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Fortune and the Dao

A Comparative Study of Machiavelli, the Daodejing, and the Han Feizi

Jason P. Blahuta

Hardback
eBook
Times of prolonged conflict spur great minds to seek a lasting peace. Thus was the case of Warring States China, which saw the rise of the Hundred Schools of Thought, including the Doadejing and the Han Feizi, and Renaissance Italy, which produced Niccolò Machiavelli. Witnessing their respective societies fall prey to internal corruption and external aggression, all three thinkers sought ways to produce a strong, stable state that would allow both the leader and the populace to endure. Fortune and the Dao: A Comparative Study of Machiavelli, the Daodejing, and the Han Feizi demonstrates where the shortcomings of each theory lie, with emphasis on the similarities among Machiavelli, Laozi, and Han Feizi. Jason P. Blahuta ultimately argues that if Machiavelli’s philosophy, the most comprehensive of the three theories, were supplemented by aspects of the Daodejing, the revision would potentially overcome the deficiencies of the original. « less more »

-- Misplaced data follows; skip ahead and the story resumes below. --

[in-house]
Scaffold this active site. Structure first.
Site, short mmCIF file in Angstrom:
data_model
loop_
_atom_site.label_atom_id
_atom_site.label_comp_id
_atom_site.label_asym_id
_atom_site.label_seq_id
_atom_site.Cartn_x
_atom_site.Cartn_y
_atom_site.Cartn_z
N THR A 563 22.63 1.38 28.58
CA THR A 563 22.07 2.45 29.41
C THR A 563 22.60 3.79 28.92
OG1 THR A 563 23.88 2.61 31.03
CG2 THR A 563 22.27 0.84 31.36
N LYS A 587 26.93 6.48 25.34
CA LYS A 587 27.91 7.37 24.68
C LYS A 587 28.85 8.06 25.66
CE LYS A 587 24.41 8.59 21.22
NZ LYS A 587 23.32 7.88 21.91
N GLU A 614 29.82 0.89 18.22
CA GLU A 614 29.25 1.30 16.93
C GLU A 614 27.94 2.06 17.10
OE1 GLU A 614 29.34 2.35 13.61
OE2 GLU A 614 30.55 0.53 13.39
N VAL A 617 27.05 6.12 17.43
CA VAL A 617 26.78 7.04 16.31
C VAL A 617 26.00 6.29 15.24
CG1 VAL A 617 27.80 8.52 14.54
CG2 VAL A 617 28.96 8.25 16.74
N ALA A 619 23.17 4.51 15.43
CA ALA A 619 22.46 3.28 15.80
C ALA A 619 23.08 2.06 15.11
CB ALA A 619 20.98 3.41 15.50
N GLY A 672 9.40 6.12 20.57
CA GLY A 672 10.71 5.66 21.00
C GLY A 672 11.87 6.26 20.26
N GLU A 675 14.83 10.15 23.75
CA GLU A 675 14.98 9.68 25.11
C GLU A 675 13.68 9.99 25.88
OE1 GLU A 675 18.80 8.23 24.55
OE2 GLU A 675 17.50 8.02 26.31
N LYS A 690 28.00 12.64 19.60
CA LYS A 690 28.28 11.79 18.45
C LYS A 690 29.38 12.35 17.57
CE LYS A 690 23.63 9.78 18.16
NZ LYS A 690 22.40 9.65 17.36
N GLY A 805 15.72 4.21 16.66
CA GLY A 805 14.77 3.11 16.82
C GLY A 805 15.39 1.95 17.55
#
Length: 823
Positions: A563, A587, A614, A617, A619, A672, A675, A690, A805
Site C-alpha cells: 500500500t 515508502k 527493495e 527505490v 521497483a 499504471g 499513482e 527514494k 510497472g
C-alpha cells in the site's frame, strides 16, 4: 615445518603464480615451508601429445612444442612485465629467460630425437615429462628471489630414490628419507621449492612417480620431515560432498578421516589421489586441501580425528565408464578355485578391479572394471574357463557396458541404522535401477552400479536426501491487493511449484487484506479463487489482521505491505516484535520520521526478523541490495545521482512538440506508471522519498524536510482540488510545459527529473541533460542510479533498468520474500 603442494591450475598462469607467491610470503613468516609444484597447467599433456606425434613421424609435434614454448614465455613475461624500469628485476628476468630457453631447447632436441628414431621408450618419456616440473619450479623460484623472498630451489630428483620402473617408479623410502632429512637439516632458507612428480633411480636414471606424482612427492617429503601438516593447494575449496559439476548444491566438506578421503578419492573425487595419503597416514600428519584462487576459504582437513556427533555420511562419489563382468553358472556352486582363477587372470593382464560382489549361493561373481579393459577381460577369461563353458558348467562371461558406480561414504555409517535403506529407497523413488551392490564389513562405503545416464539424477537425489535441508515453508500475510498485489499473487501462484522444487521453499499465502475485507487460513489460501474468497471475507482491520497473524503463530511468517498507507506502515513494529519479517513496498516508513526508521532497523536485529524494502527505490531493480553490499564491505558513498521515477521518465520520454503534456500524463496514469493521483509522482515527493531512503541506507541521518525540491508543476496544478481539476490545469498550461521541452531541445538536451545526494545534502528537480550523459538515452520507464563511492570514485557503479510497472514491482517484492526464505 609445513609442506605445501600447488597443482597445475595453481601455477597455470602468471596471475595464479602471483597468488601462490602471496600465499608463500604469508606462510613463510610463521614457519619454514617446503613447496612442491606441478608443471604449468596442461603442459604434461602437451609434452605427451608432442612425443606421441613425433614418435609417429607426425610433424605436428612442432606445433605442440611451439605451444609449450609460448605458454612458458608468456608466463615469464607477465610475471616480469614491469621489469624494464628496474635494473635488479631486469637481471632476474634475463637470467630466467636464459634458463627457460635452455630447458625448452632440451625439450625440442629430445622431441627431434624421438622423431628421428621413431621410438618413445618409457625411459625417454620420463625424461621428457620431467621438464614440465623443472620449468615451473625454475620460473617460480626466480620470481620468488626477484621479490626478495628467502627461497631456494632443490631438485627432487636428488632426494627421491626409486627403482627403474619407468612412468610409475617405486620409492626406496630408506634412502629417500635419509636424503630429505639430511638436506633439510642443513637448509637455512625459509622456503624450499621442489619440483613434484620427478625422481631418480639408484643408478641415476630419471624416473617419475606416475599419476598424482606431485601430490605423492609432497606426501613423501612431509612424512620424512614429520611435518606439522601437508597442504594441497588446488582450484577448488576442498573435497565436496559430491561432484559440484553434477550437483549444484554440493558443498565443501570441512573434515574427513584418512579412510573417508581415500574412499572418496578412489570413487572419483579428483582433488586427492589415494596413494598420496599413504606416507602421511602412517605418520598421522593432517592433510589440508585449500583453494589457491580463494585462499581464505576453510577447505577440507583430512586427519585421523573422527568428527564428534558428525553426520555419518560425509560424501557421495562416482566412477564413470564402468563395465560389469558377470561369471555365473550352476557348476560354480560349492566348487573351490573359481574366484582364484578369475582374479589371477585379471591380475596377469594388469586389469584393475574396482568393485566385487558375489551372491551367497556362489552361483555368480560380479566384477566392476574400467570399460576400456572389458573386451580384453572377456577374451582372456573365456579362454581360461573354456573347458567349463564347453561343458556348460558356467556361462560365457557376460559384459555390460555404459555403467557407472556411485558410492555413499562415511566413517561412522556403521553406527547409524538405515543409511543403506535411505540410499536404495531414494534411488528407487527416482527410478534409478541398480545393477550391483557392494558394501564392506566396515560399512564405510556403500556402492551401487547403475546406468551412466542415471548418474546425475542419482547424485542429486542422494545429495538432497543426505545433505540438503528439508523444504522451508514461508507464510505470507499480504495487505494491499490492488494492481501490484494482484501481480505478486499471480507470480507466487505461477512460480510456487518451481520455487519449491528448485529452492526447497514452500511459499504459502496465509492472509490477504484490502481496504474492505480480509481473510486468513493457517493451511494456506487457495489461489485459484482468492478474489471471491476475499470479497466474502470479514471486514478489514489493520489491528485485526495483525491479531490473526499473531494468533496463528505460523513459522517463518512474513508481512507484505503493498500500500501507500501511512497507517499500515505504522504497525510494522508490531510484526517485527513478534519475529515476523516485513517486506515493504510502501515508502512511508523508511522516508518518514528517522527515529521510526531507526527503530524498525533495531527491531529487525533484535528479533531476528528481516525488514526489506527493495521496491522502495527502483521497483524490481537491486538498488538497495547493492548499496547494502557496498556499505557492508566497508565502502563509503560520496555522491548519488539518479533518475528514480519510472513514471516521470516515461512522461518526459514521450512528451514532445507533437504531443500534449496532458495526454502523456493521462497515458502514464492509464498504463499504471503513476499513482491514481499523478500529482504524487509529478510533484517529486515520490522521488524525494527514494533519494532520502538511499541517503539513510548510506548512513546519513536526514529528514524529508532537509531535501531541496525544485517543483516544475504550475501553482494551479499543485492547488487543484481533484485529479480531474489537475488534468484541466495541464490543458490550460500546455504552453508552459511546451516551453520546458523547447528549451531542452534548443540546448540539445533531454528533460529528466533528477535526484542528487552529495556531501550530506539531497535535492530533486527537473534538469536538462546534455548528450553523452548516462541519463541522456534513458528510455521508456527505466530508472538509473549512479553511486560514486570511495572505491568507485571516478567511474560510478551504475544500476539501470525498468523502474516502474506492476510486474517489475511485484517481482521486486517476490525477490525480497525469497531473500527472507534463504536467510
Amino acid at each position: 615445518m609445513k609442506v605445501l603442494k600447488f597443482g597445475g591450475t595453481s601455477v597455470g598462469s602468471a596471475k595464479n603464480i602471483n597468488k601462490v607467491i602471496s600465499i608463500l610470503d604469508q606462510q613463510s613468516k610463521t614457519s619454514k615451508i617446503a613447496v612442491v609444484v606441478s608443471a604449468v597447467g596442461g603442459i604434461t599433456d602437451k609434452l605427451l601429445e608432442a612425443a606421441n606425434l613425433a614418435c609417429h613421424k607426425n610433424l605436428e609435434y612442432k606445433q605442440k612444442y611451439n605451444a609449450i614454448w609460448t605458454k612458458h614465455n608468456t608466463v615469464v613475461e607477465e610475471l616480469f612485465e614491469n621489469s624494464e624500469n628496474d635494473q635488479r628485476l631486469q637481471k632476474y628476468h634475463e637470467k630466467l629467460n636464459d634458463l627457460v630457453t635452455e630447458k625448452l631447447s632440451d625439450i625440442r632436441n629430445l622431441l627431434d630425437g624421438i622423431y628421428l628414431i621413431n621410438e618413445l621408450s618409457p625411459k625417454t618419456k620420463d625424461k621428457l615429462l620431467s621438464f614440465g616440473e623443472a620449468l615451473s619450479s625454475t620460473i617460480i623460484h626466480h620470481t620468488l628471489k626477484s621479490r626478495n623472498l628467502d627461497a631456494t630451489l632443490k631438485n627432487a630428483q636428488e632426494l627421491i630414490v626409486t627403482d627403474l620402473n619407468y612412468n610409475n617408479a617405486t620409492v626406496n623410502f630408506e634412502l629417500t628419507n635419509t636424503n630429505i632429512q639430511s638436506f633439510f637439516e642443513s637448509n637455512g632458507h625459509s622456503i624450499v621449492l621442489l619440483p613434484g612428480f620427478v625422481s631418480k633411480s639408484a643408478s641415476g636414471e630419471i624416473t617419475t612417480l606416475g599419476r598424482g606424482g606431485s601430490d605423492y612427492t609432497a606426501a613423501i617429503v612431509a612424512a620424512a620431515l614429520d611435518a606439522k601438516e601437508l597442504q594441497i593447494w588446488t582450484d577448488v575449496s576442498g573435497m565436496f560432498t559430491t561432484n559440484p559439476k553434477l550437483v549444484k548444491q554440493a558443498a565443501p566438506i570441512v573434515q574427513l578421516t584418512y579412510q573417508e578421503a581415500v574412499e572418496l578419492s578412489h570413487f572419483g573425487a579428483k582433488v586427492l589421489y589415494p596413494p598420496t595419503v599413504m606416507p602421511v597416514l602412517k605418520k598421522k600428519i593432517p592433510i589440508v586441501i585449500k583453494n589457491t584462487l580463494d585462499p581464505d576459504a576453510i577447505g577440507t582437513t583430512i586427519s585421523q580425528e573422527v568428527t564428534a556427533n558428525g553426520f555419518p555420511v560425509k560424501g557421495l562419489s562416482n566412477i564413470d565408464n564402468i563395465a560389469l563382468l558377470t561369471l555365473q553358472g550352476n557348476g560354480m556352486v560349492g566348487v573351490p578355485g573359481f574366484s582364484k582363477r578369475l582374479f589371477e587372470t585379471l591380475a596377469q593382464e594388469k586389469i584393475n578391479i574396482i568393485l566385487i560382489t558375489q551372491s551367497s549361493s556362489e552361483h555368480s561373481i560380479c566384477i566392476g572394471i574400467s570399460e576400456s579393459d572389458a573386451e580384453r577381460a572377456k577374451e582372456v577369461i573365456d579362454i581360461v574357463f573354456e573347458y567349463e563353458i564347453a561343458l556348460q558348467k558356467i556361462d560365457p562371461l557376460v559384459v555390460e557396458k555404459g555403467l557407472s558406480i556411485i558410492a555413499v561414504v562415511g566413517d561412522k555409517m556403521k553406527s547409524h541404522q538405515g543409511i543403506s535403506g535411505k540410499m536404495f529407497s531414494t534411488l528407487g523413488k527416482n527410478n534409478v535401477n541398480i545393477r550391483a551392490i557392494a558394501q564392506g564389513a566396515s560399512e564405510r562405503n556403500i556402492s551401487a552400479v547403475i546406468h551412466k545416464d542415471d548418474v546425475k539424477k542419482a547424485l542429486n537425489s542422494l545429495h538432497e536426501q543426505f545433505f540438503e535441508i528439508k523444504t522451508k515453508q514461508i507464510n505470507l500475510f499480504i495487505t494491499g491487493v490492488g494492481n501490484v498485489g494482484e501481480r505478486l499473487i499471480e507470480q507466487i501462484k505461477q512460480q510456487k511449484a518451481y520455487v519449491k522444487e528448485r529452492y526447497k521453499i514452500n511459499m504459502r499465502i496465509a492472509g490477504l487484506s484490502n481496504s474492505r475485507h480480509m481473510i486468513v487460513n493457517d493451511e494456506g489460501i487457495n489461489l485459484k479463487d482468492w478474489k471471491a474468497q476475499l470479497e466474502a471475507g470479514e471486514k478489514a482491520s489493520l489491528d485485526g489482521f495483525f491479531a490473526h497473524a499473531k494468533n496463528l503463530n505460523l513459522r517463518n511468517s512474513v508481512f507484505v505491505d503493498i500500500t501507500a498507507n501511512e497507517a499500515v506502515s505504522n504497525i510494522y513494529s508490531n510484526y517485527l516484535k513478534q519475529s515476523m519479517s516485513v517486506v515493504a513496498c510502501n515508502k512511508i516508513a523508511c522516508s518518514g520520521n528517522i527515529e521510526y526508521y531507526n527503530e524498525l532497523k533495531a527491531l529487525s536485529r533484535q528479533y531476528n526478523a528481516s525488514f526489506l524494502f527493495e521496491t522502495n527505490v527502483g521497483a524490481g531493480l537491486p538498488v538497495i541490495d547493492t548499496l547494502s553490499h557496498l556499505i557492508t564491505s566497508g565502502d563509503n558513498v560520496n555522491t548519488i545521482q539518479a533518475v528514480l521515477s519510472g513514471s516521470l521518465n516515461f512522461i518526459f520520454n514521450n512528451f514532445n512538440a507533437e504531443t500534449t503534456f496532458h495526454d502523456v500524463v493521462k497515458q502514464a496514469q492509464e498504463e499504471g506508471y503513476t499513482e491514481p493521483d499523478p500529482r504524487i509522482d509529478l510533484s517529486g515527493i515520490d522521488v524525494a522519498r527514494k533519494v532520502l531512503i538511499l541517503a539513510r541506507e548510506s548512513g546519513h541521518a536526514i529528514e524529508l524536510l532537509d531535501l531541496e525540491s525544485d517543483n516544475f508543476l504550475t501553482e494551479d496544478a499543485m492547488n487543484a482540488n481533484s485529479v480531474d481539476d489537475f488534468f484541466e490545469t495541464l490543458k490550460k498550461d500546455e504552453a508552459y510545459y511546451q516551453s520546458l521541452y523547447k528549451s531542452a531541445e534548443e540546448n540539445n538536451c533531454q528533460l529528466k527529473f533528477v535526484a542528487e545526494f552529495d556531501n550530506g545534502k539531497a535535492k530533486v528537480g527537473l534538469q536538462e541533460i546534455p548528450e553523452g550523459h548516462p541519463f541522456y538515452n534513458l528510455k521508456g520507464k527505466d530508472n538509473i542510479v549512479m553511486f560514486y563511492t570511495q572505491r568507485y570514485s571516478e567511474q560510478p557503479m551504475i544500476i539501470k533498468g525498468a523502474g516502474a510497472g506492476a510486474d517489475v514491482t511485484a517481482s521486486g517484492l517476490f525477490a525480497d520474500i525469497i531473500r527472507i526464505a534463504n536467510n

Lexington Books
Pages: 242Size: 6 1/4 x 9 3/8
978-1-4985-0052-4 • Hardback • April 2015 • $90.00 • (£60.00)
978-1-4985-0053-1 • eBook • April 2015 • $89.99 • (£60.00)
Jason P. Blahuta is associate professor of philosophy and adjunct professor in the Department of Political Science at Lakehead University.
Han Feizi
Chapter 5:Machiavelli, Laozi, and Han Feizi: Scope, Efficacy, and Possibilities
Fortune and the Dao: A Comparative Study of Machiavelli, the Daodejing, and the Han Feizi is an insightful and stimulating book. With a rare sensibility for the richness and subtleties of the images and concepts employed by Machiavelli, Laozi, and Hanfeizi, it explores their respective philosophical significance. It is not only scholarly convincing, but also a very well written exemplar of making comparative philosophy interesting and relevant.
Hans-Georg Moeller, University of Macau


This book undertakes a fascinating and subtle intellectual dialectic between the Chinese works, Daodejing and Han Feizi, and the opus of Niccolo Machiavelli. A daunting task to be sure, but the execution by Jason P. Blahuta is sophisticated and compelling.
Timothy J. Lukes, Santa Clara University


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